The Professional Footballers’ Association has still not made a formal approach to Sport Resolutions to lead an independent review of its organisation almost three months after chief executive Gordon Taylor made that recommendation.
On Nov 21, a statement from Taylor said that he was recommending a “full and open review into the structure and operation” of an organisation he has led since 1981. He then said that he wanted “the highly respected” Sport Resolutions to lead the sort of review that had been strongly advocated by PFA chairman Ben Purkiss.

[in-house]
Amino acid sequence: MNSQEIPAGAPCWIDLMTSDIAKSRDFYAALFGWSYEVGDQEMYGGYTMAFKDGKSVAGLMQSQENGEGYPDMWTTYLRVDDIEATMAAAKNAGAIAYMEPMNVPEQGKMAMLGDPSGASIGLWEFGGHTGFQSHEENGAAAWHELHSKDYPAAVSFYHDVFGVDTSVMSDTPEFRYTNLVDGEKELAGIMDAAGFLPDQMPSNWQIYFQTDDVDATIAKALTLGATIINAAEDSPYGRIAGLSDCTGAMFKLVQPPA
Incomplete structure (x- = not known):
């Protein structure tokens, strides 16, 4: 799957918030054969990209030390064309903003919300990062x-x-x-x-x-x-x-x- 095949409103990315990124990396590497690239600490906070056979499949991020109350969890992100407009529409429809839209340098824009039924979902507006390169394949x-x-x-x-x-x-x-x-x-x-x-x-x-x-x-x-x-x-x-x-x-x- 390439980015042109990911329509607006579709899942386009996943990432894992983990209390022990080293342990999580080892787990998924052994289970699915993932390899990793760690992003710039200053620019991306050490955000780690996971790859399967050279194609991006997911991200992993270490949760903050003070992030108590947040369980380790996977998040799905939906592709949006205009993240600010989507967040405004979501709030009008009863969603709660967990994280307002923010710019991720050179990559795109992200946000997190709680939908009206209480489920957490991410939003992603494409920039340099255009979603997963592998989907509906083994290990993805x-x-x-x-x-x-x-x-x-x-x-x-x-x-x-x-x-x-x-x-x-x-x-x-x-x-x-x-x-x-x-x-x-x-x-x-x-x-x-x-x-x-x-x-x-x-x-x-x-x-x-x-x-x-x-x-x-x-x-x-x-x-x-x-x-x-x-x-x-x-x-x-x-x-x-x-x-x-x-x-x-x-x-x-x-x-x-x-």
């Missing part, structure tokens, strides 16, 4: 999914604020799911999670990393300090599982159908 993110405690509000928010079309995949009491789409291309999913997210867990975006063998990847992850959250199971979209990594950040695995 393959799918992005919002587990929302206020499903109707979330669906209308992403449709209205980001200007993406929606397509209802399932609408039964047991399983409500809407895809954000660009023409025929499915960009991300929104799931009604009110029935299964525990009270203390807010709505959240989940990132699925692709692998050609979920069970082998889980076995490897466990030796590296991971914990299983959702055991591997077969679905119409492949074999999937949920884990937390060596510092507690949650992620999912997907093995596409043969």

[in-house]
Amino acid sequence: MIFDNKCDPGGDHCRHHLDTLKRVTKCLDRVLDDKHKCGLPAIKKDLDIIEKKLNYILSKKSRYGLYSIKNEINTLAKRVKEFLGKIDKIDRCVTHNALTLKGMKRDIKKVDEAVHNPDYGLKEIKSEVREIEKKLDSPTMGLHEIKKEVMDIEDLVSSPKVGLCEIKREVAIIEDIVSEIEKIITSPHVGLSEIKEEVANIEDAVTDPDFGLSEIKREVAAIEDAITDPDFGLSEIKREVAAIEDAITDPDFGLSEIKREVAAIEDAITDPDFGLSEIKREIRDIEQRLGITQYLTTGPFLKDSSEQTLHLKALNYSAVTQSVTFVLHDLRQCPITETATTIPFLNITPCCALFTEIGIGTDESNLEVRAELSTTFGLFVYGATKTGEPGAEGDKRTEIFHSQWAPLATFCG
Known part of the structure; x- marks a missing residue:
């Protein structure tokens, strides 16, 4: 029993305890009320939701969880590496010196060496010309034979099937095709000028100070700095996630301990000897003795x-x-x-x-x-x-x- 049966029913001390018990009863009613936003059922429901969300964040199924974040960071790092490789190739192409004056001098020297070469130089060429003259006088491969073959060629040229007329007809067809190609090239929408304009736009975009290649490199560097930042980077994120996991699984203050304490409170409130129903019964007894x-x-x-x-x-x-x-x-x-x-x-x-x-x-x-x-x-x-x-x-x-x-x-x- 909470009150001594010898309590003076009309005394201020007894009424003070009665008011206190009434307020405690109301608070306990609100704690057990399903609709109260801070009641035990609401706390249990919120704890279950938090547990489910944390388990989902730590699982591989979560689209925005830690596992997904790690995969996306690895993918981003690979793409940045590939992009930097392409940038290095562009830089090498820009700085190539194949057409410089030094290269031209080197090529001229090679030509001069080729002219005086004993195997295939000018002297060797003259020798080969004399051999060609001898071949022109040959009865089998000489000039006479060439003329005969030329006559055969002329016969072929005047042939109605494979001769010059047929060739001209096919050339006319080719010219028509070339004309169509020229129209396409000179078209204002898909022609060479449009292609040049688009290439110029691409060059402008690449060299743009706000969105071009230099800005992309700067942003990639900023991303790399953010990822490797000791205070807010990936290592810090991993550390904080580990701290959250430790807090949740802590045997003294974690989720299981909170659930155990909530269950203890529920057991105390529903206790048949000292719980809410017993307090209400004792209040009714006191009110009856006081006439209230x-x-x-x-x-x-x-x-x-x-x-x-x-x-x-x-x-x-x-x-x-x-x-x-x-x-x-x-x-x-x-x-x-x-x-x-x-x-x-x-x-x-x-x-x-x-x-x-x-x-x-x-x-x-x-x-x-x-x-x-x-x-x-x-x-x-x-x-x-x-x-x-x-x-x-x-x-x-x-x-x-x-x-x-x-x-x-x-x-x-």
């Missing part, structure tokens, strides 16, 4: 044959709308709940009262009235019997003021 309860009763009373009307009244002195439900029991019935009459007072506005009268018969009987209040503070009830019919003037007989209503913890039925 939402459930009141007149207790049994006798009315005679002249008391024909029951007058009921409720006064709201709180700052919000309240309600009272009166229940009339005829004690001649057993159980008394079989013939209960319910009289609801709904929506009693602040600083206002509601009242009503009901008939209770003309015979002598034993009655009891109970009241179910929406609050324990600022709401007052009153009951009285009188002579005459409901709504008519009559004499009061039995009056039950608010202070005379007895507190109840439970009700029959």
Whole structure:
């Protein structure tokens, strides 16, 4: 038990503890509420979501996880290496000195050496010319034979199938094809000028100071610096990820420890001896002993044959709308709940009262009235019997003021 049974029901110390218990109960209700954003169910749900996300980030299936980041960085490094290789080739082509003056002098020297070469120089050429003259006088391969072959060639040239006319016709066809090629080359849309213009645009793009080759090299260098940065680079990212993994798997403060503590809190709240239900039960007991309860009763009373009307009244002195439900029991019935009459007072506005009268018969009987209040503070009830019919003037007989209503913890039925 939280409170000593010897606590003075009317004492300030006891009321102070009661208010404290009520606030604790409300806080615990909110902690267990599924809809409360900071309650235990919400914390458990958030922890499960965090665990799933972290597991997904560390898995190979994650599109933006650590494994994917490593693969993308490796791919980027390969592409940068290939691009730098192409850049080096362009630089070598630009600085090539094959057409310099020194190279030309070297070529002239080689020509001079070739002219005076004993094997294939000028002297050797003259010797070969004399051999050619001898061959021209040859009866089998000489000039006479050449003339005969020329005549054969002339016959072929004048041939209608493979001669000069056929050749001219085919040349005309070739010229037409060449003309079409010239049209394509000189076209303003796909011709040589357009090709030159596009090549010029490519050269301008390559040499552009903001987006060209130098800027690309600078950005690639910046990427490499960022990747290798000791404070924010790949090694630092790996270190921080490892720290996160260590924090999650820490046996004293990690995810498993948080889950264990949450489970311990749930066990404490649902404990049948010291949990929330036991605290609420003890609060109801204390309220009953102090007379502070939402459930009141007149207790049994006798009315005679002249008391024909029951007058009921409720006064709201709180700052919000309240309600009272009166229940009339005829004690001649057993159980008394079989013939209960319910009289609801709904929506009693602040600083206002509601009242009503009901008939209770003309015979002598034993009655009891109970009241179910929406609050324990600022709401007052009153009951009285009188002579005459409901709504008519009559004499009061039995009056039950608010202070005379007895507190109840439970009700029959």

Taylor’s decision to hold a review had followed an internal civil war after Purkiss, who has been pushing for the PFA to reform, had his eligibility to continue as chairman questioned when he became a non-contract player at Walsall.
The huge backlash that ensued only subsided when Taylor did agree to a review, but a spokesperson for Sport Resolutions confirmed this week that they have had not heard anything formally yet from the PFA and that no independent review had actually begun.
The PFA did not comment, but it is understood that the scope of the review is being considered by members of the management committee, which is still chaired by Purkiss, and that there is broad acceptance that Sport Resolutions would be an appropriate and independent body.